Wick Communications

Covering the homeless

In journalism on June 4, 2015 at 1:58 pm

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I want to point your attention to a wonderful series in the Sierra Vista Herald dealing with the local homeless population. (I’d link but apparently there are website archiving issues with the Herald at this writing.) It began with this amazing portrait taken by local photojournalist Jacob Petersen and his terrifically empathetic story of people who in many cases simply choose to live outside in his community.

From there, the project branched into several parts and before it’s done will involve reporters Derek Jordan and Christine Steele as well.

Herald Editor Eric Peterman said in an email that it began like this: “I asked if (Jacob, who is a former Herald reporter) was interested in being homeless for a week and he liked the idea … It ended up being four days, off and on, with two overnight stays.”

That is quite a commitment and the result is powerful.

I love seeing inclusive stories like this in our newspapers, stories that acknowledge all of the people around us. Too often, our less fortunate or more eclectic citizens are something like invisible. They don’t have PR agencies to herald their achievements. They aren’t straight-A students or city officials. That doesn’t mean they are lesser citizens, and the Herald’s work makes that clear. …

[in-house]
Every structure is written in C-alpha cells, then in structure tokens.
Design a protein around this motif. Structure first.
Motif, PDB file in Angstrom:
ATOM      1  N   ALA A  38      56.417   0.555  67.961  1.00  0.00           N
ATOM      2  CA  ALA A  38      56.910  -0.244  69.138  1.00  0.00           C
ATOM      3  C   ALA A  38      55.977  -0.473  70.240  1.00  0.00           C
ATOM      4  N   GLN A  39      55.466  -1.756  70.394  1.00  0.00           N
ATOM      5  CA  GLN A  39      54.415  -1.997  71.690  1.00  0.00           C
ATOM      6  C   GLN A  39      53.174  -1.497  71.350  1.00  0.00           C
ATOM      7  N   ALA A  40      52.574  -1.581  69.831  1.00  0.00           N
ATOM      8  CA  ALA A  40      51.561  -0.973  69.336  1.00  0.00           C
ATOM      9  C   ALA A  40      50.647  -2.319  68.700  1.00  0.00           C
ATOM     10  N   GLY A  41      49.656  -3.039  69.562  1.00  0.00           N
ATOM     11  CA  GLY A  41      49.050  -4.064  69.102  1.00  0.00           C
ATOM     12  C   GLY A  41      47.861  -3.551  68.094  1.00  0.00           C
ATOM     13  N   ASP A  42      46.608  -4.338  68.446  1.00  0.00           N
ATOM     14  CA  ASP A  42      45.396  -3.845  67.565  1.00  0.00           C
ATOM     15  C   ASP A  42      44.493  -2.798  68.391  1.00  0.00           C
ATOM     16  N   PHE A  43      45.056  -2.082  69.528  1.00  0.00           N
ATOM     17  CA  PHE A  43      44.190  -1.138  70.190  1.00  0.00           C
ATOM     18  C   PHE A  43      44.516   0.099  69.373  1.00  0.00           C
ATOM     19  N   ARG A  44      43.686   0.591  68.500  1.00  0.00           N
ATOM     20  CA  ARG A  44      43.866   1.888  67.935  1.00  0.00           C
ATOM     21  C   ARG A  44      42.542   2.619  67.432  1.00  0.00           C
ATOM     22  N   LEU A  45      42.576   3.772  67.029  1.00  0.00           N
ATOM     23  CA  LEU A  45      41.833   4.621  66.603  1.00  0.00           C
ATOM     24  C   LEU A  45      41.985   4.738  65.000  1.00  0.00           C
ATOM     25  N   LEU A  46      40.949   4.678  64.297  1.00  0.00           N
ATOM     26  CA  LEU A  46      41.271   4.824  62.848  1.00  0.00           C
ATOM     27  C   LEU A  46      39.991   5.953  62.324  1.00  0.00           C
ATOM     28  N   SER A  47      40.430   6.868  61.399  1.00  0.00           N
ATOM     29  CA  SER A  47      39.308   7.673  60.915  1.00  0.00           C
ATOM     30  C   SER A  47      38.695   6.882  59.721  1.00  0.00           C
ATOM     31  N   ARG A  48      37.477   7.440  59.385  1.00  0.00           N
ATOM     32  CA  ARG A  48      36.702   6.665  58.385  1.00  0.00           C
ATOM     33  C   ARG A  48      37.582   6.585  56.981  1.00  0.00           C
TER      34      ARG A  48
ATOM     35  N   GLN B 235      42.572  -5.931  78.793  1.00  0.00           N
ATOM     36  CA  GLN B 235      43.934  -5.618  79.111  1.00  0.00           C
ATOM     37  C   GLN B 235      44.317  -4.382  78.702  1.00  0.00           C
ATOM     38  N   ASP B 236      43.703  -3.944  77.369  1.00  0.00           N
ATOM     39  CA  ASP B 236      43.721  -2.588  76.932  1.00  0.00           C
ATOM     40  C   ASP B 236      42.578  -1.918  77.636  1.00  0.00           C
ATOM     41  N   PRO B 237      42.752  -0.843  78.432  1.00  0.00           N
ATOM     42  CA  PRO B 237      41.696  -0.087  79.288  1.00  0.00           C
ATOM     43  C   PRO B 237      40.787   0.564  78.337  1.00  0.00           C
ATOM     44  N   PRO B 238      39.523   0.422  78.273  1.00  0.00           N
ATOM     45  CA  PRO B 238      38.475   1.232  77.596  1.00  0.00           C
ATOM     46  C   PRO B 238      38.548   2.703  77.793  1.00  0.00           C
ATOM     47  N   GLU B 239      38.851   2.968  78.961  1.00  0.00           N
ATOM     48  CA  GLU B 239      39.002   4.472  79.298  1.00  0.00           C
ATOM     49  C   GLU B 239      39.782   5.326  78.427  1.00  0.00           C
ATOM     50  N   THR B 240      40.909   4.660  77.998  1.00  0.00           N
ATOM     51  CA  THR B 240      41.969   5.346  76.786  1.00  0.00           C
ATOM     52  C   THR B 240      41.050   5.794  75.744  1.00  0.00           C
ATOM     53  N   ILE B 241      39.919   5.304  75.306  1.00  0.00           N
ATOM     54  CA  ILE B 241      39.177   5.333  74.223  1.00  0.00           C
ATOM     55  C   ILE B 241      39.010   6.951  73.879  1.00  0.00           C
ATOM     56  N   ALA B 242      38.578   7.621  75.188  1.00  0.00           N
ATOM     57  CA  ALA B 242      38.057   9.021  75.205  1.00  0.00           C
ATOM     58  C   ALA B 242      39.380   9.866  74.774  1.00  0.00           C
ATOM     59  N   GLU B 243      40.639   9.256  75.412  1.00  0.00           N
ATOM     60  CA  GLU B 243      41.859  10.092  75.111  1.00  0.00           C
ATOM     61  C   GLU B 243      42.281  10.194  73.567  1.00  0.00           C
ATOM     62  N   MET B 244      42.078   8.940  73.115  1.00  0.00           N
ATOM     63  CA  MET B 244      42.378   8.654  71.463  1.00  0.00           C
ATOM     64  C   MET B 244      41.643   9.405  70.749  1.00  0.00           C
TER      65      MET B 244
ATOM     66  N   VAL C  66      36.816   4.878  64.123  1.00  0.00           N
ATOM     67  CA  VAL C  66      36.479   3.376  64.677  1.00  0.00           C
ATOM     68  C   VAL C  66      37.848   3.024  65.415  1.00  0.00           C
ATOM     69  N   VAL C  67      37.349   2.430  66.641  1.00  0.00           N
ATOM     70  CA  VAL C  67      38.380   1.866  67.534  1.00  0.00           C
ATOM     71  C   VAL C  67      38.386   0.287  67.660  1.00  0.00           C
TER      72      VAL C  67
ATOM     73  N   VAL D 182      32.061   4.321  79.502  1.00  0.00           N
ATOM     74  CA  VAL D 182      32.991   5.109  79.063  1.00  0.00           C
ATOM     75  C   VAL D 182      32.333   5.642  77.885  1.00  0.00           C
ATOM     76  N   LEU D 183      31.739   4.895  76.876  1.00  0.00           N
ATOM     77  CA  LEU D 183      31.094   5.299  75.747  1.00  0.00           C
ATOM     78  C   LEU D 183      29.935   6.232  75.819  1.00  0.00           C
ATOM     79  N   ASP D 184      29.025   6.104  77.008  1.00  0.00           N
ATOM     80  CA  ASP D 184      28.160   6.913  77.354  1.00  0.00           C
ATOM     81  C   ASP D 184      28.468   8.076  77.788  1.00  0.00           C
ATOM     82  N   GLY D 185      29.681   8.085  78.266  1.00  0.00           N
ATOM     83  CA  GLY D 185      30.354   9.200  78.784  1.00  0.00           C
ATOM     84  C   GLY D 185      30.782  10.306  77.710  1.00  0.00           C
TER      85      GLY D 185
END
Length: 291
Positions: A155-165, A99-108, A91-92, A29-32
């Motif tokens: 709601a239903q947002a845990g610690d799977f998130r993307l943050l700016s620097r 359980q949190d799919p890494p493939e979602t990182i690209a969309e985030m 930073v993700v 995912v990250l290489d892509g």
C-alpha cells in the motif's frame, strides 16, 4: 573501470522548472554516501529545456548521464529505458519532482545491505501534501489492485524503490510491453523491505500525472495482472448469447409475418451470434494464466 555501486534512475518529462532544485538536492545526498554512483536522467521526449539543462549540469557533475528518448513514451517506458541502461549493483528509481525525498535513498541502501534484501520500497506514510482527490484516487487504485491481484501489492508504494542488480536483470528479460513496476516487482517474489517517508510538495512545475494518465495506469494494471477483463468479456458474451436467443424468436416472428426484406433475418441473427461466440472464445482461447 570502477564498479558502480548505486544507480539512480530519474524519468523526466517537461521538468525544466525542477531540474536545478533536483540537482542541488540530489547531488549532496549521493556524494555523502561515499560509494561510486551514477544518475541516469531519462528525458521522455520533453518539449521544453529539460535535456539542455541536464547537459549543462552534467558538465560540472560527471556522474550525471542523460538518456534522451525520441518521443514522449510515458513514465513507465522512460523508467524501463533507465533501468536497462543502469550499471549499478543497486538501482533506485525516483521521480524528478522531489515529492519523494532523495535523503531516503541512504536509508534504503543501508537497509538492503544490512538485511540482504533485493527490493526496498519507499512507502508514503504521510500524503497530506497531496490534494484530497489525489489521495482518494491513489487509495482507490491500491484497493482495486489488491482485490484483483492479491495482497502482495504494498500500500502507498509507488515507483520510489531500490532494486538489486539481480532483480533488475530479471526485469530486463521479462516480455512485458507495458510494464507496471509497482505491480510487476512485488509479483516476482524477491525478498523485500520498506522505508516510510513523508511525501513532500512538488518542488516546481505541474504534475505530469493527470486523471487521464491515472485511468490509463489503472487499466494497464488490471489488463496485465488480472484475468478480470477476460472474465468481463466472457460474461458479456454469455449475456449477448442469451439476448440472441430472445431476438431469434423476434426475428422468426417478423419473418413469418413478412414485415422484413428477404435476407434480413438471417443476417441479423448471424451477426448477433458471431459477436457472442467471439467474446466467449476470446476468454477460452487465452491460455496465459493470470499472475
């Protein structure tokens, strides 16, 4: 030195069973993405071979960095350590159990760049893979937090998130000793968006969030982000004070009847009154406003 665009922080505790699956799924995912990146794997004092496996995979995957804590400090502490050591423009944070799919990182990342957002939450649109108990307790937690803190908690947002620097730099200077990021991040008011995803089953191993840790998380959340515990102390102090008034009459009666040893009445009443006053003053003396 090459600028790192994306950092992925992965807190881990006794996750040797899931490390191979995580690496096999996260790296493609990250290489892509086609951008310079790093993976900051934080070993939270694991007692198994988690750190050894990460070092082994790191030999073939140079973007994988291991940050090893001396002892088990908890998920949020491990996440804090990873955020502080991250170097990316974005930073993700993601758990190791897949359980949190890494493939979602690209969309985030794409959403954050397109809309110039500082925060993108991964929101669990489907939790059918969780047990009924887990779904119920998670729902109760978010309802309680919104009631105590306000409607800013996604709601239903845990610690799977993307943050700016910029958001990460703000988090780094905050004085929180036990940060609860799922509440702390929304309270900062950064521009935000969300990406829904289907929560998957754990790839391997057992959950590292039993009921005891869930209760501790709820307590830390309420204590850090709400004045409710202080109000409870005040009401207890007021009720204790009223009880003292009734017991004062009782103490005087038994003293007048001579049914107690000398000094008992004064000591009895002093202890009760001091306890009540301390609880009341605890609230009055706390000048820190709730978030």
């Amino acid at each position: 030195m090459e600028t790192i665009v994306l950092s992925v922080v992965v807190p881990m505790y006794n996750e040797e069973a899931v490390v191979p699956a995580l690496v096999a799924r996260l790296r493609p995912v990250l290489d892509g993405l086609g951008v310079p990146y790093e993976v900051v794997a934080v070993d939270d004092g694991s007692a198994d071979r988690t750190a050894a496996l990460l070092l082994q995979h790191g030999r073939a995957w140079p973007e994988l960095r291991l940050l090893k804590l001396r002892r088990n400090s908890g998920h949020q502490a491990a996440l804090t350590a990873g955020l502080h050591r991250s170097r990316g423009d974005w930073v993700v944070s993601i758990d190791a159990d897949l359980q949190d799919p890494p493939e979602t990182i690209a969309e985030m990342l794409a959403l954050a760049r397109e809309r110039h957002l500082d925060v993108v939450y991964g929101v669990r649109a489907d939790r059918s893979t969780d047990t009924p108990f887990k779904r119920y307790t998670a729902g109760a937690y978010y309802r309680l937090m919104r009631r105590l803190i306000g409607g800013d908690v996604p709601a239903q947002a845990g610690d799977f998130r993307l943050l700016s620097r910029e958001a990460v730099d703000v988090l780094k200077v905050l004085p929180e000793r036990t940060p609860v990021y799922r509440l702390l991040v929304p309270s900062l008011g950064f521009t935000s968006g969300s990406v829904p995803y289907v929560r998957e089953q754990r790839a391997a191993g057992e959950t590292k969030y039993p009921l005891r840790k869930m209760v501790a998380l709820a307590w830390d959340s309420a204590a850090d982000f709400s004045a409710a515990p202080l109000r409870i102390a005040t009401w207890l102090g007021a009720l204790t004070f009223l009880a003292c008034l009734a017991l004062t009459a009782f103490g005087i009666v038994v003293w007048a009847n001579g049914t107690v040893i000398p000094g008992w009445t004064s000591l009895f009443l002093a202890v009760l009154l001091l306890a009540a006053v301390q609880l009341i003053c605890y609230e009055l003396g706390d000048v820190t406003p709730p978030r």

Covering the homeless is a notoriously difficult pursuit. For reasons that can include mental illness, drug and alcohol problems, legal entanglements or simply the fact that they may be squatting on land that doesn’t belong to them, many people who are living unsheltered are distrustful of people who approach them with pad and pen. Sometimes attention is the last thing they want. Eric said that in Sierra Vista police told people living in 12 such camps to move along in the days after the story in the newspaper. Coincidence? I bet some of those forced to leave the camps think not.

And government agencies are often not much help either. Federal law requires dubious “counts” from time to time, but I am not so sure you can count on those numbers.

Homelessness is a pervasive and persistent problem. Consider humanizing the people who live in the streets of your communities. It can make for good journalism.

Clay

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